Having a newborn child is an exciting and joyous time for families, but for women experiencing postpartum disorders this time may become a mental challenge. Mental health problems for new mothers range from “baby blues” to more serious disorders, such as postpartum depression and postpartum psychosis.
Postpartum psychosis is a rare mental disorder that occurs in only one out of 1,000 new mothers. Symptoms usually appear within the first six weeks postpartum and may include: delusions (false beliefs), hallucinations (false perceptions), sleep disturbance and obsessive thoughts (often about the baby or birth). Postpartum psychosis is a mental illness that requires immediate medical attention by a mental health professional to reduce symptoms and stabilize mood. Women with a diagnosis of bipolar disorder or schizoaffective disorder are at higher risk for developing postpartum psychosis.
Most women experience some symptoms of depression during pregnancy or after delivery. In fact, up to 80 percent of new mothers experience postpartum blues or “baby blues” which includes mood fluctuations as the hormone levels stabilize within the body. Symptoms of “baby blues” will typically manifest shortly after delivery and can persist for up to two weeks. The symptoms are mild and typically do not require treatment.
Postpartum depression (PPD) is a serious medical condition that can occur anytime within the first year after childbirth and can happen to any woman. In fact, almost one in ten new mothers will experience PPD. PPD differs from “baby blues” in that PPD has a greater effect on a woman’s well-being and can reduce her ability to function. Women experiencing PPD often report feelings of despondency and negative thinking during this time. Women who have had a miscarriage or stillbirth can also experience PPD due to hormonal changes and issues related to grief and loss. Although the cause of PPD is unclear, it may be triggered by hormonal changes following pregnancy. Women should be knowledgeable of the factors that will increase their risk of developing PPD:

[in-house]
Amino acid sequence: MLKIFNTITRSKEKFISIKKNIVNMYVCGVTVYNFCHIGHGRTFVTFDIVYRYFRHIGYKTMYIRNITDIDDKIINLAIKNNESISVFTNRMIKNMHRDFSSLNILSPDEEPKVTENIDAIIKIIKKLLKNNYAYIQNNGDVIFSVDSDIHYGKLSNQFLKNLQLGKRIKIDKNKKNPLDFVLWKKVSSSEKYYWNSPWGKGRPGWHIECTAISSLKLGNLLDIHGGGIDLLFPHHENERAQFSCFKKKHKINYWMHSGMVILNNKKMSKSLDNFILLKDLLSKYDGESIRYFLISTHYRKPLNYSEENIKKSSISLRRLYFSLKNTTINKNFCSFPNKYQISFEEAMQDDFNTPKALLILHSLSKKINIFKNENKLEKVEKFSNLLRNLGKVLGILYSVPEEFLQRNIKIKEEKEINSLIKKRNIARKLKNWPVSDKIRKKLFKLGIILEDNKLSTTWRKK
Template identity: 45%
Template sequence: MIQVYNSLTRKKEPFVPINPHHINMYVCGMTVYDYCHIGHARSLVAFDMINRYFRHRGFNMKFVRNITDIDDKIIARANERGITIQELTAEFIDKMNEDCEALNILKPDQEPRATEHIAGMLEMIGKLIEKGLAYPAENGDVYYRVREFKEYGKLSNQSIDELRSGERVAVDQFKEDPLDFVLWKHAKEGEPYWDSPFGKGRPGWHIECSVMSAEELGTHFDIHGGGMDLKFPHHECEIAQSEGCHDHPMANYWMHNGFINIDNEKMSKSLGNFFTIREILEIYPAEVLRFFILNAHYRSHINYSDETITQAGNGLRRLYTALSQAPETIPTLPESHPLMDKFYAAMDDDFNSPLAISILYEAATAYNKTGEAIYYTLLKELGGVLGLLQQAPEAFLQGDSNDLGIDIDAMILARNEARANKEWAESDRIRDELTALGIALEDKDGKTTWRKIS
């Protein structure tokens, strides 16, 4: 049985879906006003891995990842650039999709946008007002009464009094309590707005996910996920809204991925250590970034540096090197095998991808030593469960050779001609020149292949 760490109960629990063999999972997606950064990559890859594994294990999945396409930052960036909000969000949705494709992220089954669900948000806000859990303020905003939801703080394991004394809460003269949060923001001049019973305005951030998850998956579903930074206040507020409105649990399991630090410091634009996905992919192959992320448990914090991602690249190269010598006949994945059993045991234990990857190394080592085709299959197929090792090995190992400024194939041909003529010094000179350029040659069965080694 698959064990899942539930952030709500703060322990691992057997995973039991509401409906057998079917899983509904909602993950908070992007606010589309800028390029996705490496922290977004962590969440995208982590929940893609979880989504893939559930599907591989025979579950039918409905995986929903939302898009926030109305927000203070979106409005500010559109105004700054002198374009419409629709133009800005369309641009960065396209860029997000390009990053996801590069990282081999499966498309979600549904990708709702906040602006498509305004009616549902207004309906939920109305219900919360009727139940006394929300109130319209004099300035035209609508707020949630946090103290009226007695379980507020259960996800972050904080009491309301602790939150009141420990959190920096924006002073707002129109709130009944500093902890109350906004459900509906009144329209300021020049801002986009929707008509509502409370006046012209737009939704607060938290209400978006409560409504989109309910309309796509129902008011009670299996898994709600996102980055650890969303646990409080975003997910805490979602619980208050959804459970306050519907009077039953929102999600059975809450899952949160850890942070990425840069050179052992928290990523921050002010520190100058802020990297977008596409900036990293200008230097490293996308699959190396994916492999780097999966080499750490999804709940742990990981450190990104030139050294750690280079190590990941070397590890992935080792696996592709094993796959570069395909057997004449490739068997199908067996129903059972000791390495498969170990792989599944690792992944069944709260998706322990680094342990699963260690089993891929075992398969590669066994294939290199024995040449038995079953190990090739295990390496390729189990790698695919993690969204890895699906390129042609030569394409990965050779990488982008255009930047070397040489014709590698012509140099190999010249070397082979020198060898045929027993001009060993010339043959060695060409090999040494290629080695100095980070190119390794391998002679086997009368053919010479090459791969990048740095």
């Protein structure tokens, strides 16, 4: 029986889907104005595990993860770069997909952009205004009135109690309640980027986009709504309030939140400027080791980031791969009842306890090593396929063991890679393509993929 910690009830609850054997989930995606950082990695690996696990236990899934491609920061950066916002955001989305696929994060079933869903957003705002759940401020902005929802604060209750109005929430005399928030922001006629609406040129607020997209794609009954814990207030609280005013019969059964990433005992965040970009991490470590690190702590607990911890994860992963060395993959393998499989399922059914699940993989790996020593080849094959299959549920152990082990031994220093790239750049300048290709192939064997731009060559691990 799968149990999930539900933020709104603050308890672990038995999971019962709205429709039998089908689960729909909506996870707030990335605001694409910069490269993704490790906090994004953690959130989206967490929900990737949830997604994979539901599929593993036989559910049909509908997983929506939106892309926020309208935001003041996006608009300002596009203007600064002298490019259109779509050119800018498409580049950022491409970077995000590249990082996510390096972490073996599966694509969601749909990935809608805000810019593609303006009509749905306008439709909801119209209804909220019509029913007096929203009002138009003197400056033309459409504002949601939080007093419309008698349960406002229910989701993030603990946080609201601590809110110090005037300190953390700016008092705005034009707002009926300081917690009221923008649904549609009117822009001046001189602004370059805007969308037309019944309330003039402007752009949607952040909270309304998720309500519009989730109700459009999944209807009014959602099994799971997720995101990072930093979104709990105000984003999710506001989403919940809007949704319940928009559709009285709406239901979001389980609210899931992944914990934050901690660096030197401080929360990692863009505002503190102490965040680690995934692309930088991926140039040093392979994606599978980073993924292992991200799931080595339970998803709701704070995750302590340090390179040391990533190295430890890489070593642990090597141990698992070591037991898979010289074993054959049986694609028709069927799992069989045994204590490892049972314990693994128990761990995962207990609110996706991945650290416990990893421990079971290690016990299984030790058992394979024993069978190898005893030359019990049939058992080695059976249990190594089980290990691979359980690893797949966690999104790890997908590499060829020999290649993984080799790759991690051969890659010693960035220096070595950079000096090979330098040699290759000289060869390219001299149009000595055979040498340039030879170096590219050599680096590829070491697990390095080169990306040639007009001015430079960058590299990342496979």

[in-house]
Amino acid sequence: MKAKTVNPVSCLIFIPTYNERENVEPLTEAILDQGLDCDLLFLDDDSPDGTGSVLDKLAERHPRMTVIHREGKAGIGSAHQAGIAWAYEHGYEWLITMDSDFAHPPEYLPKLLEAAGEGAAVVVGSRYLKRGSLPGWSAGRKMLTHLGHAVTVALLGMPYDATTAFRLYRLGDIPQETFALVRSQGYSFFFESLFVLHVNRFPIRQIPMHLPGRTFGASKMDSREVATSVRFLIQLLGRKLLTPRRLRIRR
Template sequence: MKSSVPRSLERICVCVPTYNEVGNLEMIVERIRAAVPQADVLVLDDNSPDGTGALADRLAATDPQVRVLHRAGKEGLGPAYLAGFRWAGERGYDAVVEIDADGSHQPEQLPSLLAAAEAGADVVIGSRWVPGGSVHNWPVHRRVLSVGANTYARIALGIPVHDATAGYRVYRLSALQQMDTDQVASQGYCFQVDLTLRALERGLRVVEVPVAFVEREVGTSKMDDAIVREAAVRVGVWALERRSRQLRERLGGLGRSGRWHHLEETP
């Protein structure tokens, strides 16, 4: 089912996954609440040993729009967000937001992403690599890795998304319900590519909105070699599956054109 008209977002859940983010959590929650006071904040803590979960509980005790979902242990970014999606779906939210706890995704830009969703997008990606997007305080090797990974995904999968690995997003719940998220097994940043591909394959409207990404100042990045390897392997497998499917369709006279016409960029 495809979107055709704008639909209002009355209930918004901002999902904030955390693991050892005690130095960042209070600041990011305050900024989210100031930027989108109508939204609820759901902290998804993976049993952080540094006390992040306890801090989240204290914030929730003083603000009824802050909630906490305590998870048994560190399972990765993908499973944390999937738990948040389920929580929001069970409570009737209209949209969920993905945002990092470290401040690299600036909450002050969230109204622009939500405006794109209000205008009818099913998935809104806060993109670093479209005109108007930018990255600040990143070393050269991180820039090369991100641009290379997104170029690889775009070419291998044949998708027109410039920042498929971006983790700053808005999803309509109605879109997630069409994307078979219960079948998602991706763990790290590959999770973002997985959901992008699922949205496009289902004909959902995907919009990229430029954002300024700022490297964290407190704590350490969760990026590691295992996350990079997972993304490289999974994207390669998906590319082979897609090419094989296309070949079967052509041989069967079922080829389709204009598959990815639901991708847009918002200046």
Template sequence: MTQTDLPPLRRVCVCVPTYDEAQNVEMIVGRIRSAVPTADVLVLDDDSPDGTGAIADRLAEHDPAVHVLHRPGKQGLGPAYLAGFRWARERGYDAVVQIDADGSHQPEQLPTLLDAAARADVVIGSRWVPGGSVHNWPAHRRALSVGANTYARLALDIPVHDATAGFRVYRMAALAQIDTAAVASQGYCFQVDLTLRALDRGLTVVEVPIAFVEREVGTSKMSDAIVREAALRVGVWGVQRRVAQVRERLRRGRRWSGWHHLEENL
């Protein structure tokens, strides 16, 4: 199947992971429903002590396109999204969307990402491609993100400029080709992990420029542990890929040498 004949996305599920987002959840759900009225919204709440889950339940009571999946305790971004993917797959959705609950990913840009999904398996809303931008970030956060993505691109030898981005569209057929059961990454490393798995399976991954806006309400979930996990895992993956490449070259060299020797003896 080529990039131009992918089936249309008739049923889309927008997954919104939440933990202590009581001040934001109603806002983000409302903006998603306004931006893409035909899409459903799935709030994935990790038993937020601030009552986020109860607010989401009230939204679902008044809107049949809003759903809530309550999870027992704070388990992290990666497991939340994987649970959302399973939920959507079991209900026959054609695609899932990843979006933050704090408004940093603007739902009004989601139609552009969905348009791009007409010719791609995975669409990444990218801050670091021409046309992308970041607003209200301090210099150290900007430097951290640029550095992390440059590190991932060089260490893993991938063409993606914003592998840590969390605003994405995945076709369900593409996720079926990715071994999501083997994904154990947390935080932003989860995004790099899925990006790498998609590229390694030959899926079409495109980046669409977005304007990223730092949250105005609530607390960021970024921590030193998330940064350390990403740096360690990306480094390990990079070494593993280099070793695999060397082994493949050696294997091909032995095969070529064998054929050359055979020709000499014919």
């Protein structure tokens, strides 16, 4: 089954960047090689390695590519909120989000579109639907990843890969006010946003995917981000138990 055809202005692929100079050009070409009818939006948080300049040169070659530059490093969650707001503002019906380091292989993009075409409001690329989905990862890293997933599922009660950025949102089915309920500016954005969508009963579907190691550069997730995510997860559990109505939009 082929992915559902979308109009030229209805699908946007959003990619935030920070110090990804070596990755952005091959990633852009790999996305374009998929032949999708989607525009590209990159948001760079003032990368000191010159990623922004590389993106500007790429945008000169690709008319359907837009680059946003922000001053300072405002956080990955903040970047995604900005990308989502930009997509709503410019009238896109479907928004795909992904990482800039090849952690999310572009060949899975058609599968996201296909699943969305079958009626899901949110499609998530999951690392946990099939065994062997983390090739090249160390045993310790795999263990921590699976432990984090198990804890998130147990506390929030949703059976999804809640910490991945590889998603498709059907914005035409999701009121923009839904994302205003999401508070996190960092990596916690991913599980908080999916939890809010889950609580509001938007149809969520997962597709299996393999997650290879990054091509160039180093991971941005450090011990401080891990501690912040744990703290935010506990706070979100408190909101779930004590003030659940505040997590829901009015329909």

■Past history of depression or prior postpartum episode
■traumatic pregnancy and/or birth
■having a mother or sister who suffered from PPD
■poor social support
Early detection of risk factors is crucial to preventing PPD. PPD can be preventable and early identification and treatment can speed up the recovery process. If at a higher risk of developing PPD, the mother should consider scheduling the first postnatal checkup a few weeks earlier than standard to discuss concerns with her physician.